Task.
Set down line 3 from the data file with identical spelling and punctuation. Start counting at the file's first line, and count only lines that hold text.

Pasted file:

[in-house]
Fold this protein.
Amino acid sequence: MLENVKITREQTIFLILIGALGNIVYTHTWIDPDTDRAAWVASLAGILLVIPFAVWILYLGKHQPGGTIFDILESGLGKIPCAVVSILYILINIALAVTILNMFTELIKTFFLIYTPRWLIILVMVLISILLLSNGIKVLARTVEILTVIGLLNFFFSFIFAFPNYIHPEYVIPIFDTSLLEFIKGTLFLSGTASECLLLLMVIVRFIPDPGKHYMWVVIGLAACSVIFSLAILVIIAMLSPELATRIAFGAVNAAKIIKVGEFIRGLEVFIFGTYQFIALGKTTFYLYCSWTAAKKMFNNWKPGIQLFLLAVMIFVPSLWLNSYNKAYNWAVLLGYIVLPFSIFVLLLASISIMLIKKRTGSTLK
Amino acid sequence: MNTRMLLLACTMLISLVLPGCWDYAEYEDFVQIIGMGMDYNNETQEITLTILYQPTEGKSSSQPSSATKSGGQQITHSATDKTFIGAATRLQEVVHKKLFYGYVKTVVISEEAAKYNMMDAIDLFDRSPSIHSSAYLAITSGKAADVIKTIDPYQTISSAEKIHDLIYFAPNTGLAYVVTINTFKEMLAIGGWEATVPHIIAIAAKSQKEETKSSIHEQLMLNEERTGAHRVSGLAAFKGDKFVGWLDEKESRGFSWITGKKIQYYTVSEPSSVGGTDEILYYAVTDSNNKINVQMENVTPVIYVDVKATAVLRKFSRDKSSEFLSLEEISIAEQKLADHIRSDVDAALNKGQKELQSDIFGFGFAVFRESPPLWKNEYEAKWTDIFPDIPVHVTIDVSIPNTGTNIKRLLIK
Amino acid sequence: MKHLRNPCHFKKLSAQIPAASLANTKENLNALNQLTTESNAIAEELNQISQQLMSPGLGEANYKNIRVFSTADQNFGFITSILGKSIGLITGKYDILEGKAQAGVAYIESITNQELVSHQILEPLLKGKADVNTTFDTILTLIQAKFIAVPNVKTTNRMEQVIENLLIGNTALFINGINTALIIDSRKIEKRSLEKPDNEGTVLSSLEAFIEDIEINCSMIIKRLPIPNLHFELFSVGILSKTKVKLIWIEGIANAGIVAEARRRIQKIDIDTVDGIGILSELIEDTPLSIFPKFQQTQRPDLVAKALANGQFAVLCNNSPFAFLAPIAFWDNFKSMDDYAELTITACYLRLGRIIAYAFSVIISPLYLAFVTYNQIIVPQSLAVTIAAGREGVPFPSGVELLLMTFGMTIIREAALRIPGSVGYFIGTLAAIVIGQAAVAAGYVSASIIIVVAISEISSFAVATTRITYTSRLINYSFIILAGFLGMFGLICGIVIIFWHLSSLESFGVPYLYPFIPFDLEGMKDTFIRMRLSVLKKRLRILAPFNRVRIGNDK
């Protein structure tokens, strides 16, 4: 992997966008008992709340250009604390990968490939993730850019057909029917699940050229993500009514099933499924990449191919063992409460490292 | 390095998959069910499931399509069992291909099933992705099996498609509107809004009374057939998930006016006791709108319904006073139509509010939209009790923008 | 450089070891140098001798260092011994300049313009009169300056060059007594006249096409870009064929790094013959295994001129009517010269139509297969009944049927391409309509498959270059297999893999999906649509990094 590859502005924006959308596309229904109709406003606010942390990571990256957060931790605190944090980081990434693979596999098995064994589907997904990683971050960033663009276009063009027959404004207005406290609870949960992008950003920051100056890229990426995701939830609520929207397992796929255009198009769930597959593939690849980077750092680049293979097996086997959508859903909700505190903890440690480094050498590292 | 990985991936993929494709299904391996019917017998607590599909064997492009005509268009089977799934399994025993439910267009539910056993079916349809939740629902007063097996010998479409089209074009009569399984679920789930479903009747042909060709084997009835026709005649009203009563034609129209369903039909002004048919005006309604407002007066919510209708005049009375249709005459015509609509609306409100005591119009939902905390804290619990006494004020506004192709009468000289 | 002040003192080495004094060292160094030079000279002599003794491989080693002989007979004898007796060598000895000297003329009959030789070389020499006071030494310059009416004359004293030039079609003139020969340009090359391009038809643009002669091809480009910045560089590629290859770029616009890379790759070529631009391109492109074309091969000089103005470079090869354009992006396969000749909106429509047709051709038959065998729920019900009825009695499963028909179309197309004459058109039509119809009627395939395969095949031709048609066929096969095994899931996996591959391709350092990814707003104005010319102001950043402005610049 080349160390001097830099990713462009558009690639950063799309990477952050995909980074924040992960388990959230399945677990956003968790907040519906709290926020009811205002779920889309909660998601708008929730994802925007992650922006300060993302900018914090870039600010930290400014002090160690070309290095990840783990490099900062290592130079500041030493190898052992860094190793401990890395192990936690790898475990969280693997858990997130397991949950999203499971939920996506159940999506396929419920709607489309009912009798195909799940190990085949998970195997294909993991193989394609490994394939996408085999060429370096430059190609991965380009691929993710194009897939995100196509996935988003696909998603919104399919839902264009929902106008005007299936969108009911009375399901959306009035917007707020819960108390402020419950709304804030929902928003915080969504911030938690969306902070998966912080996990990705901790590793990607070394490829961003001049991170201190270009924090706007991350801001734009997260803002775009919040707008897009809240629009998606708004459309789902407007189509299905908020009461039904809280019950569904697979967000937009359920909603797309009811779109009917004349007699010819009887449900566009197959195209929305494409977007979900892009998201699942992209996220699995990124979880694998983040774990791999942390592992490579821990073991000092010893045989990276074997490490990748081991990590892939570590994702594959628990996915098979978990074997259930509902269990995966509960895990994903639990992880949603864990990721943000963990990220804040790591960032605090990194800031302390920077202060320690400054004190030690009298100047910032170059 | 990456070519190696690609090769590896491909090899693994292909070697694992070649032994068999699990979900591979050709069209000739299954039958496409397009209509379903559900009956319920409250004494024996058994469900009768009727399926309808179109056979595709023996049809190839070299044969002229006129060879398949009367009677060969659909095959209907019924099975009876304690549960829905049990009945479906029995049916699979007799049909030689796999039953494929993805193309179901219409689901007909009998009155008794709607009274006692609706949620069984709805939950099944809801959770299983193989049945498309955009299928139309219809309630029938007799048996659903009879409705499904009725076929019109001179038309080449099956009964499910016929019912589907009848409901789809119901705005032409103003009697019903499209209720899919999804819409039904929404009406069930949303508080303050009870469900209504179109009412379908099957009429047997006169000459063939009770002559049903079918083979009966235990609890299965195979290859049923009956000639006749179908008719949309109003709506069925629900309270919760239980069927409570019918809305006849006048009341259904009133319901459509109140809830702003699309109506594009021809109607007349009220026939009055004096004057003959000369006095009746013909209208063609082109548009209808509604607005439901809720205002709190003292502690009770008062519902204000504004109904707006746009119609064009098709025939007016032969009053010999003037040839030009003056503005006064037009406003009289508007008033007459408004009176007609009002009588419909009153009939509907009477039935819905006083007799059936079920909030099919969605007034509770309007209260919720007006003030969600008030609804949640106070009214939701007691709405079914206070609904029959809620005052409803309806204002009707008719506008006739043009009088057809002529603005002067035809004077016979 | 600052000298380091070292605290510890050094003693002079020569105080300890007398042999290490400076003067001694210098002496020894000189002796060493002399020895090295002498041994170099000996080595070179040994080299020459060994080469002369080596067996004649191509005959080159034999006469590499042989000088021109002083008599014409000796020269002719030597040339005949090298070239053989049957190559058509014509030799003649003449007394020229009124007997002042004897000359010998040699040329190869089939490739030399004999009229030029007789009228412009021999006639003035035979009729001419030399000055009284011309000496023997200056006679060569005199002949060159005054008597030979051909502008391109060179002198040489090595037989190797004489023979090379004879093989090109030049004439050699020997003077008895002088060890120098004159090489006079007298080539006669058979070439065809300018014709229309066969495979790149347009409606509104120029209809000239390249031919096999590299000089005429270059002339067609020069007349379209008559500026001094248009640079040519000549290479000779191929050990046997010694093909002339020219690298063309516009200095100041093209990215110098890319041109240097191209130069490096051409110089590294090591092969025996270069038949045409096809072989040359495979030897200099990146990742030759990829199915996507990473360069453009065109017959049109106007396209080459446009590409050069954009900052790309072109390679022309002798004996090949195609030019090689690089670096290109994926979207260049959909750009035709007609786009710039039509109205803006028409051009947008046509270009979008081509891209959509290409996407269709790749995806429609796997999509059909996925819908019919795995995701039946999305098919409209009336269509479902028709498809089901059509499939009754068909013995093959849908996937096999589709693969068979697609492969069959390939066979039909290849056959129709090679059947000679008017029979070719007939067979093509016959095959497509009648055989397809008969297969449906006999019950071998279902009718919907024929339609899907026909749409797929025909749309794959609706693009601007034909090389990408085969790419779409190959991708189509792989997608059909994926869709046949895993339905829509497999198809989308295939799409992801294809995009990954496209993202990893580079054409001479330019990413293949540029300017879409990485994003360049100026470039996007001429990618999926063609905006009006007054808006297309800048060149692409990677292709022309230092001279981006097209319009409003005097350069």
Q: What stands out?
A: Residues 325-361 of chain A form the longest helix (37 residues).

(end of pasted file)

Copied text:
Amino acid sequence: MLENVKITREQTIFLILIGALGNIVYTHTWIDPDTDRAAWVASLAGILLVIPFAVWILYLGKHQPGGTIFDILESGLGKIPCAVVSILYILINIALAVTILNMFTELIKTFFLIYTPRWLIILVMVLISILLLSNGIKVLARTVEILTVIGLLNFFFSFIFAFPNYIHPEYVIPIFDTSLLEFIKGTLFLSGTASECLLLLMVIVRFIPDPGKHYMWVVIGLAACSVIFSLAILVIIAMLSPELATRIAFGAVNAAKIIKVGEFIRGLEVFIFGTYQFIALGKTTFYLYCSWTAAKKMFNNWKPGIQLFLLAVMIFVPSLWLNSYNKAYNWAVLLGYIVLPFSIFVLLLASISIMLIKKRTGSTLK